These days, it’s normal for people to carefully craft flattering online personae that share no characteristics with their in-person selves. That’s why the idea behind “URL,” a new song from D.C. one-man-band June Gloom, feels like a relic.
“It was about the dissonance of knowing somebody’s online persona and knowing them in real life,” says Jesse Paller, the brains behind June Gloom. “When you see how developed and curated somebody’s online persona is, it sort of comes at the expense of what they’re really like.”
Paller wrote the track about two years ago, when this phenomenon was less commonplace than it is now.
“I don’t even think about this stuff pretty much anymore because I feel like that concern has totally blown out,” says Paller, 23. “Everybody has an online persona and it’s just part of life, I guess. But at the time it was kind of jarring for me.”
Coming of age in a time when people are more likely to meet on social media before they rendezvous in person inspired Paller, too.
“I think it has something to do with transitioning from high school to college,” the songwriter says, “and getting all the friends I’ve known for my whole life replaced with people who I just met and didn’t think were interesting but had crazy Facebook presences.”
“URL” — from June Gloom’s forthcoming album, Fake Problems — swells and dips, with enveloping guitars and Paller’s slightly bummed-out intonation. An L.A native, Paller felt drawn to the twang and reverb of surf music, but the musician puts his own moody spin on it. He calls his style “sad surf.” It’s about “being chill but also being sad,” he says with a laugh.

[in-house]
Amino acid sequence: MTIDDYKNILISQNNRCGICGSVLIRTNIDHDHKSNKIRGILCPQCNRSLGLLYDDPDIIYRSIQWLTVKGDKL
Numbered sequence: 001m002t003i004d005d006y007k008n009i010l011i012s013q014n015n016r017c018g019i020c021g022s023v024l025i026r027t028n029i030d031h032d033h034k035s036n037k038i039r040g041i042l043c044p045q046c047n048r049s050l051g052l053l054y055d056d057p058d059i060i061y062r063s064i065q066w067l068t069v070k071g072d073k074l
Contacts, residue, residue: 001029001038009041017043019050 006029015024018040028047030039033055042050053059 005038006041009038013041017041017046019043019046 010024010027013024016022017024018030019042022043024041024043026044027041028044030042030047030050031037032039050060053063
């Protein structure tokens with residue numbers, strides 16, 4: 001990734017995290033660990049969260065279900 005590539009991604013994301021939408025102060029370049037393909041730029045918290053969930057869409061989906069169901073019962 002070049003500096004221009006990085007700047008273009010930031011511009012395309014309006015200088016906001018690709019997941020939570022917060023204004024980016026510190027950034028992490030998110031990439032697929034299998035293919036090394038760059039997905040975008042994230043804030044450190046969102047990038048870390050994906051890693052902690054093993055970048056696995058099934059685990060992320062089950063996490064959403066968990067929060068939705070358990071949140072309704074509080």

While this song in particular was inspired by the band Speedy Ortiz, he credits another gloomy songwriter for helping him find his style: the late Elliott Smith.
“It’s impossible to shake Elliott Smith out of my songwriting at this point,” Paller says. “I just gave so many years of my life away listening to [him].”
Fittingly, the band name is stolen from a weather phenomenon that is a total bummer — a sheet of drowsy fog that seems to hang around the L.A. region for weeks in late spring and early summer.
“In high school it always got me — we were so excited to finally be done with school and then there’s a few weeks of just fog,” Paller says. “Which doesn’t make any sense, because the rest of the year is sunny.”
The musician remembers being home in Southern California for summer breaks and feeling morose — from fresh heartbreak, weird weather, the works — and going for drives. Those drives were beautiful, encompassing both beaches and mountains. Paller says his music is made for similar excursions: “That’s the ideal listening situation, I think.”
While there isn’t exactly a comparable scenic drive here in the mid-Atlantic, Paller says his “sad surf” could have a transporting effect. “Hopefully the music can take you there,” he says.